Saturday, June 30, 2018

Fortress of Plantitude

Another spring, another project here at the Red House Garden!  I was lamenting that our fenced-in gardens were in the backyard, while our sunnier front yard was open to the feasting of the critters.  My husband was lamenting the patch of lawn in the front yard that was compacted and not doing well...

Time to tear up some lawn and build a critter-proof garden instead!  But, being in our front yard, we wanted to build something extra pretty.

Our idea was to build a garden that looked almost like a gazebo, but with an open roof.  We hit the drawing board, and this was what we came up with.

octagonal fenced-in garden
We had thought to build this during spring break, not realizing just how ambitious a project this was.  It ended up taking about a month to build the bulk of it.

We first built our octagonal base in the driveway.

Then came marking, digging, and filling with a paver base sand to stabilize our base.  (A little child labor was very useful, too, as you can see.)

Then we built the middle base.

Lots of leveling.

We covered the bottom with wire hardware cloth to keep voles and groundhogs from digging underneath.

4x4 posts were attached at the corners with metal brackets.

Lots of pieces of wood were cut to form the sides.

At this point, our neighbors started coming around, wondering what in the world we were doing.

Time to build the roof!

Lifting the roof up was quite an adventure.

Much trigonometry was done to find all the angles and lengths to cut throughout this entire project.  I wish I had written and kept all of the math in an organized fashion so someone could recreate it more easily if they wanted to.

Black landscaping fabric was stapled to the inside of the garden to make sure that soil did not seep out through any gaps.

The garden was filled with soil, and then black wire fencing was rolled out and stapled to the inside of the posts to deter the groundhogs and deer.

A little more paint, some bags of stone for the floor in the middle, a door, and viola!

octagonal garden
Now we just need a good name for our new fenced-in octagonal garden.
The gazebo garden?  The Octagon?  Fortress of Plantitude?

Any ideas?

Happy planting!

Saturday, June 16, 2018

The Easy Care Gladiola

Showy gladiolas elicit strong opinions from gardeners, as they are diva plants in the garden.  Some love their dramatic, tall spikes of bold colors, while others (such as the well-known English gardener Alan Titchmarsh) hate them with a passion.  I personally like gladiolas and enjoy their showiness - but on the other hand, I hate how much work they take.  I have to stake each one in the summer so they don't fall over from their top-heavy blooms, and I have to dig them up for the winter, as they are not usually hardy in my zone.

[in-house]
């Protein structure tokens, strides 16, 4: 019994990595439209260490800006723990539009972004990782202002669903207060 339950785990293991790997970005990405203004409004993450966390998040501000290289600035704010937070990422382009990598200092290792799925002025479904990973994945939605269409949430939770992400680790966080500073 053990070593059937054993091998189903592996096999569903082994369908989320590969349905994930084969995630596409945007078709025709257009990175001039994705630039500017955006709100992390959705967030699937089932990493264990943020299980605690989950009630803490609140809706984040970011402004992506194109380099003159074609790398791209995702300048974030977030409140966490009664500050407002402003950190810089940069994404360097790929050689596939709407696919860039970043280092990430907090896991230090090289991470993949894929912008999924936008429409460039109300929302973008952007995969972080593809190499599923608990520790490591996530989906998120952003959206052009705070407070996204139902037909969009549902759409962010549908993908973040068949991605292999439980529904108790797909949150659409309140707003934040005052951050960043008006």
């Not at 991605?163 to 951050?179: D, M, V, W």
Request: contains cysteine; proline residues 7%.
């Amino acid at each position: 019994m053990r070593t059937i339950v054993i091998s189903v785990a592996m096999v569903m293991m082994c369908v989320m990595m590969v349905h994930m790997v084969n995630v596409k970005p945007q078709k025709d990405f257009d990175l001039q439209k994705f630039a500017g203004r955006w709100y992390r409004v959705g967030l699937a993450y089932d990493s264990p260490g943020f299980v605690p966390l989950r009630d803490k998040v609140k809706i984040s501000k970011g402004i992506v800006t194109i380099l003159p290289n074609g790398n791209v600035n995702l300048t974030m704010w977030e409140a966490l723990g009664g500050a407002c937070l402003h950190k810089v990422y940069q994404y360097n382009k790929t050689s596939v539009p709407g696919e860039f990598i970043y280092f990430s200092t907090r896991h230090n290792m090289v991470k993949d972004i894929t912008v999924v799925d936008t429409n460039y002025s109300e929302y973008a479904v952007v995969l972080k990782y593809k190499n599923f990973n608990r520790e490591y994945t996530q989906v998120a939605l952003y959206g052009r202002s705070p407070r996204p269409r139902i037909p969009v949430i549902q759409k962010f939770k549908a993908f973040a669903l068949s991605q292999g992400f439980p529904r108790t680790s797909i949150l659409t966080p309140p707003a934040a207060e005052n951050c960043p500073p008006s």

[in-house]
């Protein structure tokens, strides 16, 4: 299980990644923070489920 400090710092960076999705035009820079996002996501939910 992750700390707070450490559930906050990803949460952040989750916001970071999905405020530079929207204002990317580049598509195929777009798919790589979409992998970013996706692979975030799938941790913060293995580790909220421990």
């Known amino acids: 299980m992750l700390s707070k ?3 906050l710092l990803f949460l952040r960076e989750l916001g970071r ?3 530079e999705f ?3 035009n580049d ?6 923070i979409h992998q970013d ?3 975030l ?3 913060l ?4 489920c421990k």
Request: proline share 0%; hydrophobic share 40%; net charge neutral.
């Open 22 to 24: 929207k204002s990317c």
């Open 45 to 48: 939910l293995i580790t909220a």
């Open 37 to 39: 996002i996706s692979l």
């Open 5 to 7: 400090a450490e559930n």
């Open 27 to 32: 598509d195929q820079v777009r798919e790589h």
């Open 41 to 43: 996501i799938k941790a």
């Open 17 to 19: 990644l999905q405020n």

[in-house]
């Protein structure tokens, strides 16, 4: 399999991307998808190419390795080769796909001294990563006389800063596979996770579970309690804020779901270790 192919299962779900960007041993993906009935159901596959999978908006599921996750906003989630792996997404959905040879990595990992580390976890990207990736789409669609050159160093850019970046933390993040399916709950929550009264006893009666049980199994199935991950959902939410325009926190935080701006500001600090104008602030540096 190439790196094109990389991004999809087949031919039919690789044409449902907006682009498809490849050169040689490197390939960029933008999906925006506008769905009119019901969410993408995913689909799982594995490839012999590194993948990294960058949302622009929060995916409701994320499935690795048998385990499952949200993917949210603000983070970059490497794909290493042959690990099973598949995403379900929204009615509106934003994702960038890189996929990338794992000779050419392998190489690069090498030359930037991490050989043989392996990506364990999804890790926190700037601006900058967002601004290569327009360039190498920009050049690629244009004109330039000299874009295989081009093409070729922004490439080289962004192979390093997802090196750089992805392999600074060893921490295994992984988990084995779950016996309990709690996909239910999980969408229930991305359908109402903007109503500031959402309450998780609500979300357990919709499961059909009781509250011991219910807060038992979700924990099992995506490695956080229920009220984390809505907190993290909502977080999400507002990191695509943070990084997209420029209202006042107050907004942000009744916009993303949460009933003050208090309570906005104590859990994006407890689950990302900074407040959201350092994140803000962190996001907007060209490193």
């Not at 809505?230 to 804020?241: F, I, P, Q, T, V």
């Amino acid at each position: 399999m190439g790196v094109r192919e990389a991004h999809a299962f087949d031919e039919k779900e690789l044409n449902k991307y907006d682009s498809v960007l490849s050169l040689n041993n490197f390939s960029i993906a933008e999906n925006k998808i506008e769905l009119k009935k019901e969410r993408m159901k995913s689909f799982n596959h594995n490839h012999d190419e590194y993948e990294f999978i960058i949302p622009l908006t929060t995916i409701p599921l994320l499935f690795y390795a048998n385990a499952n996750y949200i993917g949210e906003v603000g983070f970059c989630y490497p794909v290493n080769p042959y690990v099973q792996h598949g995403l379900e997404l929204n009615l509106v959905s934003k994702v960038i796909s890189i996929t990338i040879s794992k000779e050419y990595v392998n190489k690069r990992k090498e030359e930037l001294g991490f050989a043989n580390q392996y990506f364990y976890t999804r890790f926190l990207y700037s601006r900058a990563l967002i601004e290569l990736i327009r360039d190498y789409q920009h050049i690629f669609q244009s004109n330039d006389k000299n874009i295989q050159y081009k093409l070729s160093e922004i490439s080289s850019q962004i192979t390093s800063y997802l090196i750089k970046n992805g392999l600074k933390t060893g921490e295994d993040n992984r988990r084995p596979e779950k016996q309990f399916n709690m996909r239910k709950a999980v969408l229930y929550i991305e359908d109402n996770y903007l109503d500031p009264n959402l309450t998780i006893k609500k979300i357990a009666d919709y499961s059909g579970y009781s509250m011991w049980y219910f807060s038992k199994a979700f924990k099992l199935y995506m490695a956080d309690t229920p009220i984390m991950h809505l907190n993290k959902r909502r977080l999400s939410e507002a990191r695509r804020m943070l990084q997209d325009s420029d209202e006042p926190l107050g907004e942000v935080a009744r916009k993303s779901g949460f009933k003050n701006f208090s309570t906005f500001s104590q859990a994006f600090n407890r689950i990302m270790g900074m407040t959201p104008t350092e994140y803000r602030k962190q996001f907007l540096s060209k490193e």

I don't like gladiolas that much.

Thankfully there are other, easier-going types of gladiolas.  They may not be as showy as those dramatic divas, but neither do they act like it.  They are the smaller, hardier glads, such as the species Byzantine Gladiolus (Gladiolus communis ssp Byzanthinus), which I have in my garden.

Byzantine Gladioli
Native to the Mediterranean area, this gladiolus grows to 2 or 3 feet tall and doesn't need to be staked. It is also hardy up to zone 5, so I don't have to dig them up the fall.  Even those gardeners that say they don't like glads appreciate the gracefulness of this one, which more closely resembles a wildflower than a showy diva.

Sometimes known as Sword Lily, Jacob's Ladder, or Turkish flag, Byzantine gladioli corms (similar to bulbs) are usually planted in fall and bloom their bright magenta flowers at the end of spring through early summer.  They like full sun and well-drained soil, though they will tolerate part shade and even heavy clay if in a dryer area.  Over time they multiply to form nice stands of flowers that I've seen the hummingbirds enjoy.

stands of Byzantine gladioli next to Geranium sanguineum
According to Old House Gardens, less hardy imposters are sometimes sold under the name of Byzantine gladiolus, so you do have to buy them from a reputable source.  (I've always bought mine from Brent and Becky's Bulbs.)  I've grown this gladioli in both North Carolina and up here in Massachusetts and have had great success with it.  I just plant the corms in fall and let them do their thing.

Beautiful gladiolas with little care from me?
That's a winner!

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